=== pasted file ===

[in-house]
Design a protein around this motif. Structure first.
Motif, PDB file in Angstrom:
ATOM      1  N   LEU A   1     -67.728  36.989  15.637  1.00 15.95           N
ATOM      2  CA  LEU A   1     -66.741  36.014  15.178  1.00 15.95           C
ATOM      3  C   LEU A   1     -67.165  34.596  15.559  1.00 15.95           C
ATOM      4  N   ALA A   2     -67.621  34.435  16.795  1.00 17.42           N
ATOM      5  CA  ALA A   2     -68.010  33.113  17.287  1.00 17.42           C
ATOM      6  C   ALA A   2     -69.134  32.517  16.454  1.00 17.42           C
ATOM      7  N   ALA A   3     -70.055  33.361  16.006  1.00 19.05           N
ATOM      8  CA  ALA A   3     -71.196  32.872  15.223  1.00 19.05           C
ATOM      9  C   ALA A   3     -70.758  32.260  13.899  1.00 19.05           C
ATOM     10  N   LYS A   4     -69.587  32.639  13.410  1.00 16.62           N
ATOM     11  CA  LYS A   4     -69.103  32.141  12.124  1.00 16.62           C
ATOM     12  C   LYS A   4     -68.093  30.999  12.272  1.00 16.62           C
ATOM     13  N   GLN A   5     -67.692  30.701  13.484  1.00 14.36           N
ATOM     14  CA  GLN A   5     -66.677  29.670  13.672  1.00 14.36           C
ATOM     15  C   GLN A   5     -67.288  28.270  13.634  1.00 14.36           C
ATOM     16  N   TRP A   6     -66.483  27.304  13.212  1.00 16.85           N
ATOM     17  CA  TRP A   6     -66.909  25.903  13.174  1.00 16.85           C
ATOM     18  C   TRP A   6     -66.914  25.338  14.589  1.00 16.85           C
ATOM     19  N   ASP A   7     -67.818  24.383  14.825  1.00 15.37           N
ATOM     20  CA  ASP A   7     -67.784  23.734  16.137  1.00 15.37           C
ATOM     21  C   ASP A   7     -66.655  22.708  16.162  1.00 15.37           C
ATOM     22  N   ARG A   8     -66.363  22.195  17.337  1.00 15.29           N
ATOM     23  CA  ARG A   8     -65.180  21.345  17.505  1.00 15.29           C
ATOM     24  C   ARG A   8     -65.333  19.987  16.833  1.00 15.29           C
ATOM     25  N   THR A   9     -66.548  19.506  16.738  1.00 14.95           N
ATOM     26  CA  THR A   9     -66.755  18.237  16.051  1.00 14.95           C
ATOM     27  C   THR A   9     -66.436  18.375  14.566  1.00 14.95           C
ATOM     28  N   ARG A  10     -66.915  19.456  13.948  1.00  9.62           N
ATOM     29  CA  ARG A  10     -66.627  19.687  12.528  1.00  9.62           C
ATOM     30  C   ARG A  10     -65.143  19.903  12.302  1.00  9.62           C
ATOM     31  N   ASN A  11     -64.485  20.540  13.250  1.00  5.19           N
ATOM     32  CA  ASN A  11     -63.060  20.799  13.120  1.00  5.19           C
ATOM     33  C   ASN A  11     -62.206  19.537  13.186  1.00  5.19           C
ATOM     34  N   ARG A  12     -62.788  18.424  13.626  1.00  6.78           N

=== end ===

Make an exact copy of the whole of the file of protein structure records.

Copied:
[in-house]
Design a protein around this motif. Structure first.
Motif, PDB file in Angstrom:
ATOM      1  N   LEU A   1     -67.728  36.989  15.637  1.00 15.95           N
ATOM      2  CA  LEU A   1     -66.741  36.014  15.178  1.00 15.95           C
ATOM      3  C   LEU A   1     -67.165  34.596  15.559  1.00 15.95           C
ATOM      4  N   ALA A   2     -67.621  34.435  16.795  1.00 17.42           N
ATOM      5  CA  ALA A   2     -68.010  33.113  17.287  1.00 17.42           C
ATOM      6  C   ALA A   2     -69.134  32.517  16.454  1.00 17.42           C
ATOM      7  N   ALA A   3     -70.055  33.361  16.006  1.00 19.05           N
ATOM      8  CA  ALA A   3     -71.196  32.872  15.223  1.00 19.05           C
ATOM      9  C   ALA A   3     -70.758  32.260  13.899  1.00 19.05           C
ATOM     10  N   LYS A   4     -69.587  32.639  13.410  1.00 16.62           N
ATOM     11  CA  LYS A   4     -69.103  32.141  12.124  1.00 16.62           C
ATOM     12  C   LYS A   4     -68.093  30.999  12.272  1.00 16.62           C
ATOM     13  N   GLN A   5     -67.692  30.701  13.484  1.00 14.36           N
ATOM     14  CA  GLN A   5     -66.677  29.670  13.672  1.00 14.36           C
ATOM     15  C   GLN A   5     -67.288  28.270  13.634  1.00 14.36           C
ATOM     16  N   TRP A   6     -66.483  27.304  13.212  1.00 16.85           N
ATOM     17  CA  TRP A   6     -66.909  25.903  13.174  1.00 16.85           C
ATOM     18  C   TRP A   6     -66.914  25.338  14.589  1.00 16.85           C
ATOM     19  N   ASP A   7     -67.818  24.383  14.825  1.00 15.37           N
ATOM     20  CA  ASP A   7     -67.784  23.734  16.137  1.00 15.37           C
ATOM     21  C   ASP A   7     -66.655  22.708  16.162  1.00 15.37           C
ATOM     22  N   ARG A   8     -66.363  22.195  17.337  1.00 15.29           N
ATOM     23  CA  ARG A   8     -65.180  21.345  17.505  1.00 15.29           C
ATOM     24  C   ARG A   8     -65.333  19.987  16.833  1.00 15.29           C
ATOM     25  N   THR A   9     -66.548  19.506  16.738  1.00 14.95           N
ATOM     26  CA  THR A   9     -66.755  18.237  16.051  1.00 14.95           C
ATOM     27  C   THR A   9     -66.436  18.375  14.566  1.00 14.95           C
ATOM     28  N   ARG A  10     -66.915  19.456  13.948  1.00  9.62           N
ATOM     29  CA  ARG A  10     -66.627  19.687  12.528  1.00  9.62           C
ATOM     30  C   ARG A  10     -65.143  19.903  12.302  1.00  9.62           C
ATOM     31  N   ASN A  11     -64.485  20.540  13.250  1.00  5.19           N
ATOM     32  CA  ASN A  11     -63.060  20.799  13.120  1.00  5.19           C
ATOM     33  C   ASN A  11     -62.206  19.537  13.186  1.00  5.19           C
ATOM     34  N   ARG A  12     -62.788  18.424  13.626  1.00  6.78           N